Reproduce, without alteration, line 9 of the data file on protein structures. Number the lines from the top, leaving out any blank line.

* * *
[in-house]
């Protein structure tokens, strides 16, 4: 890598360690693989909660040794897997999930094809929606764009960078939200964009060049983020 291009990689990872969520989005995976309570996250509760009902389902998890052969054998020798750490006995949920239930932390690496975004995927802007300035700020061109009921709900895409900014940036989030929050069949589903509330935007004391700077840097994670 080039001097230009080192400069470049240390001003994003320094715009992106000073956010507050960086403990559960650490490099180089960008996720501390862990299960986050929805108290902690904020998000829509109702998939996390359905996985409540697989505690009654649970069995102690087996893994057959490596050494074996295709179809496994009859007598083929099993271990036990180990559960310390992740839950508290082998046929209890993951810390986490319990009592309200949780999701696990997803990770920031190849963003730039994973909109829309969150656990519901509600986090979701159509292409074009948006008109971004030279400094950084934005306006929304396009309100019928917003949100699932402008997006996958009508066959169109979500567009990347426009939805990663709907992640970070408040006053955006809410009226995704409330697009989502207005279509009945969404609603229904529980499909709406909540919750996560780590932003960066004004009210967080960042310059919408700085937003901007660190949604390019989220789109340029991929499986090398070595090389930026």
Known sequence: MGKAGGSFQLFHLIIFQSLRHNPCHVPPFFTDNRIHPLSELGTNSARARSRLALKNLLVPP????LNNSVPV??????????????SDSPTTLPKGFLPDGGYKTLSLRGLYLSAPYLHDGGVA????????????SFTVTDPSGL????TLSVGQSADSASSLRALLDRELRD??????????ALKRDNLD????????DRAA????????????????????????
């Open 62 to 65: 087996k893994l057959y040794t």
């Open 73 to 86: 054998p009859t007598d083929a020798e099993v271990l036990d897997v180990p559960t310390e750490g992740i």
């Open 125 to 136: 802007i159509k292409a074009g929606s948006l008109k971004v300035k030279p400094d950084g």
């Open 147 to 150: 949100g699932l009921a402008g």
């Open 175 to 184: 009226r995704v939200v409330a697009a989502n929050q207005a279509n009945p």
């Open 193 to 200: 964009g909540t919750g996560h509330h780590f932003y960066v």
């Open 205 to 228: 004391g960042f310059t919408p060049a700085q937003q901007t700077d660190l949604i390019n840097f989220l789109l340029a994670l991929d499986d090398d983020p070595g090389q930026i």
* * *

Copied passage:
């Open 193 to 200: 964009g909540t919750g996560h509330h780590f932003y960066v």